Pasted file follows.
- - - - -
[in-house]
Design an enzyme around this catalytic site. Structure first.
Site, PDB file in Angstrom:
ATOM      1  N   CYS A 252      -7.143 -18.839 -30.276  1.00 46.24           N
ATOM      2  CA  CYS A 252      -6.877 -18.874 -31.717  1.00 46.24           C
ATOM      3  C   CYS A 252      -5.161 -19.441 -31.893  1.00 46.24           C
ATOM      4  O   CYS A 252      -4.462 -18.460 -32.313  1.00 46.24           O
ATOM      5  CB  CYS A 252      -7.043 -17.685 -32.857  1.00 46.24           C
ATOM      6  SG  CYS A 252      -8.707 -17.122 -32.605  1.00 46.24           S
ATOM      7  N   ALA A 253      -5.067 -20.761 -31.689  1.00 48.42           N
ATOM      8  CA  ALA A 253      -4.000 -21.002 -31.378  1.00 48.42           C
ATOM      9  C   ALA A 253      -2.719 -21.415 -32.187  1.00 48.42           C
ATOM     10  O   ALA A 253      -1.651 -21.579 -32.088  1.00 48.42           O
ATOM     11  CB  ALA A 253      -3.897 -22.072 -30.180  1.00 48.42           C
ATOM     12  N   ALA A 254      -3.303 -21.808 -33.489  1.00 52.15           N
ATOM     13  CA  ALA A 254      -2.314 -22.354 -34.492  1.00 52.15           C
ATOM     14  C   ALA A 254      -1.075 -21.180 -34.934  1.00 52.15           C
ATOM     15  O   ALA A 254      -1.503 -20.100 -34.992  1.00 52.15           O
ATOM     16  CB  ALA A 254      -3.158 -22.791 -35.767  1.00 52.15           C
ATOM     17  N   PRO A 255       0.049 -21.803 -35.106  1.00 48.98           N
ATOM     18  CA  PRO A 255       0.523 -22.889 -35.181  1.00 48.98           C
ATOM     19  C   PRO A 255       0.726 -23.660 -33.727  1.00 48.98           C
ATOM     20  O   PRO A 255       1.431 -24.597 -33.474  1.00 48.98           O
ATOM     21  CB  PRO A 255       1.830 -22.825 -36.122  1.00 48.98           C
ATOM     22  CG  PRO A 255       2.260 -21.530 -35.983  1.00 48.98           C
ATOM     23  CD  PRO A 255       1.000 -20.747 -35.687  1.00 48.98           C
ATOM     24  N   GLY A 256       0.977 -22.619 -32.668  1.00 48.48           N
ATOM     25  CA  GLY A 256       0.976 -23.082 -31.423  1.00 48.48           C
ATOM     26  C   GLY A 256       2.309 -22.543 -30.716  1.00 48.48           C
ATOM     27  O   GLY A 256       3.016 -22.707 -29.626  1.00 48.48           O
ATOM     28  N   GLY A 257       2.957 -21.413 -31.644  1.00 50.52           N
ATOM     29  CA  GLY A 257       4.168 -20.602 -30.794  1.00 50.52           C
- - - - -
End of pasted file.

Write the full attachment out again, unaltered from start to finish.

[in-house]
Design an enzyme around this catalytic site. Structure first.
Site, PDB file in Angstrom:
ATOM      1  N   CYS A 252      -7.143 -18.839 -30.276  1.00 46.24           N
ATOM      2  CA  CYS A 252      -6.877 -18.874 -31.717  1.00 46.24           C
ATOM      3  C   CYS A 252      -5.161 -19.441 -31.893  1.00 46.24           C
ATOM      4  O   CYS A 252      -4.462 -18.460 -32.313  1.00 46.24           O
ATOM      5  CB  CYS A 252      -7.043 -17.685 -32.857  1.00 46.24           C
ATOM      6  SG  CYS A 252      -8.707 -17.122 -32.605  1.00 46.24           S
ATOM      7  N   ALA A 253      -5.067 -20.761 -31.689  1.00 48.42           N
ATOM      8  CA  ALA A 253      -4.000 -21.002 -31.378  1.00 48.42           C
ATOM      9  C   ALA A 253      -2.719 -21.415 -32.187  1.00 48.42           C
ATOM     10  O   ALA A 253      -1.651 -21.579 -32.088  1.00 48.42           O
ATOM     11  CB  ALA A 253      -3.897 -22.072 -30.180  1.00 48.42           C
ATOM     12  N   ALA A 254      -3.303 -21.808 -33.489  1.00 52.15           N
ATOM     13  CA  ALA A 254      -2.314 -22.354 -34.492  1.00 52.15           C
ATOM     14  C   ALA A 254      -1.075 -21.180 -34.934  1.00 52.15           C
ATOM     15  O   ALA A 254      -1.503 -20.100 -34.992  1.00 52.15           O
ATOM     16  CB  ALA A 254      -3.158 -22.791 -35.767  1.00 52.15           C
ATOM     17  N   PRO A 255       0.049 -21.803 -35.106  1.00 48.98           N
ATOM     18  CA  PRO A 255       0.523 -22.889 -35.181  1.00 48.98           C
ATOM     19  C   PRO A 255       0.726 -23.660 -33.727  1.00 48.98           C
ATOM     20  O   PRO A 255       1.431 -24.597 -33.474  1.00 48.98           O
ATOM     21  CB  PRO A 255       1.830 -22.825 -36.122  1.00 48.98           C
ATOM     22  CG  PRO A 255       2.260 -21.530 -35.983  1.00 48.98           C
ATOM     23  CD  PRO A 255       1.000 -20.747 -35.687  1.00 48.98           C
ATOM     24  N   GLY A 256       0.977 -22.619 -32.668  1.00 48.48           N
ATOM     25  CA  GLY A 256       0.976 -23.082 -31.423  1.00 48.48           C
ATOM     26  C   GLY A 256       2.309 -22.543 -30.716  1.00 48.48           C
ATOM     27  O   GLY A 256       3.016 -22.707 -29.626  1.00 48.48           O
ATOM     28  N   GLY A 257       2.957 -21.413 -31.644  1.00 50.52           N
ATOM     29  CA  GLY A 257       4.168 -20.602 -30.794  1.00 50.52           C